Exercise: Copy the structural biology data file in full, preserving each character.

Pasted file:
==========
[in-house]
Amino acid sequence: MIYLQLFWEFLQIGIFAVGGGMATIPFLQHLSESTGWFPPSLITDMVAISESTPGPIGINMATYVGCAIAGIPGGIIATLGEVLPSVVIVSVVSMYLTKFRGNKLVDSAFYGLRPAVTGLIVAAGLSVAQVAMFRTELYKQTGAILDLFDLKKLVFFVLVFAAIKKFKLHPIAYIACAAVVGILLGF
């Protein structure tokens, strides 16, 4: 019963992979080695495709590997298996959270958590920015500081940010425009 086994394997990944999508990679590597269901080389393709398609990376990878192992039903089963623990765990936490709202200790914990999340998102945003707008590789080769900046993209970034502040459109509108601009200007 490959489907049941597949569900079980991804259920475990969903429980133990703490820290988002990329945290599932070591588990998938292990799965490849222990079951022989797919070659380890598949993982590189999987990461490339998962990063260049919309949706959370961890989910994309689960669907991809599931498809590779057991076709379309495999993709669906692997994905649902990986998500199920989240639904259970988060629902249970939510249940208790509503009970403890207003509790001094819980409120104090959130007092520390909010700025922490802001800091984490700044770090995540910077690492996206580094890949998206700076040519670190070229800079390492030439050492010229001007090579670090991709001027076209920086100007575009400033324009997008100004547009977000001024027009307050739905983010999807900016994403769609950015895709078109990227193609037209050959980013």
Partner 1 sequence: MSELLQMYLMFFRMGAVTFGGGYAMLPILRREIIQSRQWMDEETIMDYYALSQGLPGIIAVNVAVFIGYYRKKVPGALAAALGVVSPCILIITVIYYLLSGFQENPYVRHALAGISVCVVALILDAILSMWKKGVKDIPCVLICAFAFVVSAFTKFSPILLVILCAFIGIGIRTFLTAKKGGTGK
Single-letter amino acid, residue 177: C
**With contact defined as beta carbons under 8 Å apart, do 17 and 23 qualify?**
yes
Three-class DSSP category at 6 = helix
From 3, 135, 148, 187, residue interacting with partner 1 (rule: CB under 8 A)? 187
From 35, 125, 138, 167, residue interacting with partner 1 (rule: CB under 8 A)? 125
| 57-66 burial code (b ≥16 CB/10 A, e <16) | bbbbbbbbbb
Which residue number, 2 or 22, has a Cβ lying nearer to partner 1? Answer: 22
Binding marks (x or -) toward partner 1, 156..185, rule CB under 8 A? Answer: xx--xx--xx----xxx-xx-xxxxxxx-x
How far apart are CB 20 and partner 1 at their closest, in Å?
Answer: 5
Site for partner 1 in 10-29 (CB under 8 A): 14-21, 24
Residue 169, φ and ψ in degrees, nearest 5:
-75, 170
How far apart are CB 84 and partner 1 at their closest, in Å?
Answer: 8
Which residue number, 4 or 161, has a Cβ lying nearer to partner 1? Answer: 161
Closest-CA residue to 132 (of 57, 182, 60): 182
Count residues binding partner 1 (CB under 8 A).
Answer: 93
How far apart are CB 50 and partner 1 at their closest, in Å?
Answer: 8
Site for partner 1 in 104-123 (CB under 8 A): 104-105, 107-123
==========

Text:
[in-house]
Amino acid sequence: MIYLQLFWEFLQIGIFAVGGGMATIPFLQHLSESTGWFPPSLITDMVAISESTPGPIGINMATYVGCAIAGIPGGIIATLGEVLPSVVIVSVVSMYLTKFRGNKLVDSAFYGLRPAVTGLIVAAGLSVAQVAMFRTELYKQTGAILDLFDLKKLVFFVLVFAAIKKFKLHPIAYIACAAVVGILLGF
């Protein structure tokens, strides 16, 4: 019963992979080695495709590997298996959270958590920015500081940010425009 086994394997990944999508990679590597269901080389393709398609990376990878192992039903089963623990765990936490709202200790914990999340998102945003707008590789080769900046993209970034502040459109509108601009200007 490959489907049941597949569900079980991804259920475990969903429980133990703490820290988002990329945290599932070591588990998938292990799965490849222990079951022989797919070659380890598949993982590189999987990461490339998962990063260049919309949706959370961890989910994309689960669907991809599931498809590779057991076709379309495999993709669906692997994905649902990986998500199920989240639904259970988060629902249970939510249940208790509503009970403890207003509790001094819980409120104090959130007092520390909010700025922490802001800091984490700044770090995540910077690492996206580094890949998206700076040519670190070229800079390492030439050492010229001007090579670090991709001027076209920086100007575009400033324009997008100004547009977000001024027009307050739905983010999807900016994403769609950015895709078109990227193609037209050959980013």
Partner 1 sequence: MSELLQMYLMFFRMGAVTFGGGYAMLPILRREIIQSRQWMDEETIMDYYALSQGLPGIIAVNVAVFIGYYRKKVPGALAAALGVVSPCILIITVIYYLLSGFQENPYVRHALAGISVCVVALILDAILSMWKKGVKDIPCVLICAFAFVVSAFTKFSPILLVILCAFIGIGIRTFLTAKKGGTGK
Single-letter amino acid, residue 177: C
**With contact defined as beta carbons under 8 Å apart, do 17 and 23 qualify?**
yes
Three-class DSSP category at 6 = helix
From 3, 135, 148, 187, residue interacting with partner 1 (rule: CB under 8 A)? 187
From 35, 125, 138, 167, residue interacting with partner 1 (rule: CB under 8 A)? 125
| 57-66 burial code (b ≥16 CB/10 A, e <16) | bbbbbbbbbb
Which residue number, 2 or 22, has a Cβ lying nearer to partner 1? Answer: 22
Binding marks (x or -) toward partner 1, 156..185, rule CB under 8 A? Answer: xx--xx--xx----xxx-xx-xxxxxxx-x
How far apart are CB 20 and partner 1 at their closest, in Å?
Answer: 5
Site for partner 1 in 10-29 (CB under 8 A): 14-21, 24
Residue 169, φ and ψ in degrees, nearest 5:
-75, 170
How far apart are CB 84 and partner 1 at their closest, in Å?
Answer: 8
Which residue number, 4 or 161, has a Cβ lying nearer to partner 1? Answer: 161
Closest-CA residue to 132 (of 57, 182, 60): 182
Count residues binding partner 1 (CB under 8 A).
Answer: 93
How far apart are CB 50 and partner 1 at their closest, in Å?
Answer: 8
Site for partner 1 in 104-123 (CB under 8 A): 104-105, 107-123